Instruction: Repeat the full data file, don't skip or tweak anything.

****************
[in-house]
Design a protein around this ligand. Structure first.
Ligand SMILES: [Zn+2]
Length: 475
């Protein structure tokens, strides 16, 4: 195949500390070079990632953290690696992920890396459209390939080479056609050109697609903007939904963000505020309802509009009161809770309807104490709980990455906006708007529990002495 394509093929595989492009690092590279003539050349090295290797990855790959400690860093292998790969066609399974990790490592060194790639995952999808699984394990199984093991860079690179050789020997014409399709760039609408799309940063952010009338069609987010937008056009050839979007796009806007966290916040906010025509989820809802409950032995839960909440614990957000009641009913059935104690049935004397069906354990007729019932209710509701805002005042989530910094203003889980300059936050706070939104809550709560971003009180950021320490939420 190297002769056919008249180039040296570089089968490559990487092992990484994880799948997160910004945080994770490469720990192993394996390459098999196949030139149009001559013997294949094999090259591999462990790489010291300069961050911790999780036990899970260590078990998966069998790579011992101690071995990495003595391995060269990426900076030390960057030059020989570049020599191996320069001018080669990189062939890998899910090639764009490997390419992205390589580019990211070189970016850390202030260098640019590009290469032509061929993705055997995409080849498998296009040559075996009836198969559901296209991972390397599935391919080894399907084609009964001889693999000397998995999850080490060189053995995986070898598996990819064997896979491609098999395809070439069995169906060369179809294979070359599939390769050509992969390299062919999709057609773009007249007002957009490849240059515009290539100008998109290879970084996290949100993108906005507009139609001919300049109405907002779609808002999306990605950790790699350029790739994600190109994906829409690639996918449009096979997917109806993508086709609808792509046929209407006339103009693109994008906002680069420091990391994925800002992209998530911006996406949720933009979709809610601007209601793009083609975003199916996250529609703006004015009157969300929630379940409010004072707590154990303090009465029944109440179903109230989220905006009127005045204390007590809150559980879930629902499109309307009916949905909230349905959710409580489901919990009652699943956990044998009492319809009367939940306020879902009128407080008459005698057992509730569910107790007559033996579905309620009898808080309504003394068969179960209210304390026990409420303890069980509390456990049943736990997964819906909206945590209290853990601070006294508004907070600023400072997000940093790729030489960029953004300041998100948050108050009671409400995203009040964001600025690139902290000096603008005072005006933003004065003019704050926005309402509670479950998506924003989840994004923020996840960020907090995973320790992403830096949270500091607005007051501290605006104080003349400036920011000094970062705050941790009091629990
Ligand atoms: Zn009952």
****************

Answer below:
[in-house]
Design a protein around this ligand. Structure first.
Ligand SMILES: [Zn+2]
Length: 475
């Protein structure tokens, strides 16, 4: 195949500390070079990632953290690696992920890396459209390939080479056609050109697609903007939904963000505020309802509009009161809770309807104490709980990455906006708007529990002495 394509093929595989492009690092590279003539050349090295290797990855790959400690860093292998790969066609399974990790490592060194790639995952999808699984394990199984093991860079690179050789020997014409399709760039609408799309940063952010009338069609987010937008056009050839979007796009806007966290916040906010025509989820809802409950032995839960909440614990957000009641009913059935104690049935004397069906354990007729019932209710509701805002005042989530910094203003889980300059936050706070939104809550709560971003009180950021320490939420 190297002769056919008249180039040296570089089968490559990487092992990484994880799948997160910004945080994770490469720990192993394996390459098999196949030139149009001559013997294949094999090259591999462990790489010291300069961050911790999780036990899970260590078990998966069998790579011992101690071995990495003595391995060269990426900076030390960057030059020989570049020599191996320069001018080669990189062939890998899910090639764009490997390419992205390589580019990211070189970016850390202030260098640019590009290469032509061929993705055997995409080849498998296009040559075996009836198969559901296209991972390397599935391919080894399907084609009964001889693999000397998995999850080490060189053995995986070898598996990819064997896979491609098999395809070439069995169906060369179809294979070359599939390769050509992969390299062919999709057609773009007249007002957009490849240059515009290539100008998109290879970084996290949100993108906005507009139609001919300049109405907002779609808002999306990605950790790699350029790739994600190109994906829409690639996918449009096979997917109806993508086709609808792509046929209407006339103009693109994008906002680069420091990391994925800002992209998530911006996406949720933009979709809610601007209601793009083609975003199916996250529609703006004015009157969300929630379940409010004072707590154990303090009465029944109440179903109230989220905006009127005045204390007590809150559980879930629902499109309307009916949905909230349905959710409580489901919990009652699943956990044998009492319809009367939940306020879902009128407080008459005698057992509730569910107790007559033996579905309620009898808080309504003394068969179960209210304390026990409420303890069980509390456990049943736990997964819906909206945590209290853990601070006294508004907070600023400072997000940093790729030489960029953004300041998100948050108050009671409400995203009040964001600025690139902290000096603008005072005006933003004065003019704050926005309402509670479950998506924003989840994004923020996840960020907090995973320790992403830096949270500091607005007051501290605006104080003349400036920011000094970062705050941790009091629990
Ligand atoms: Zn009952």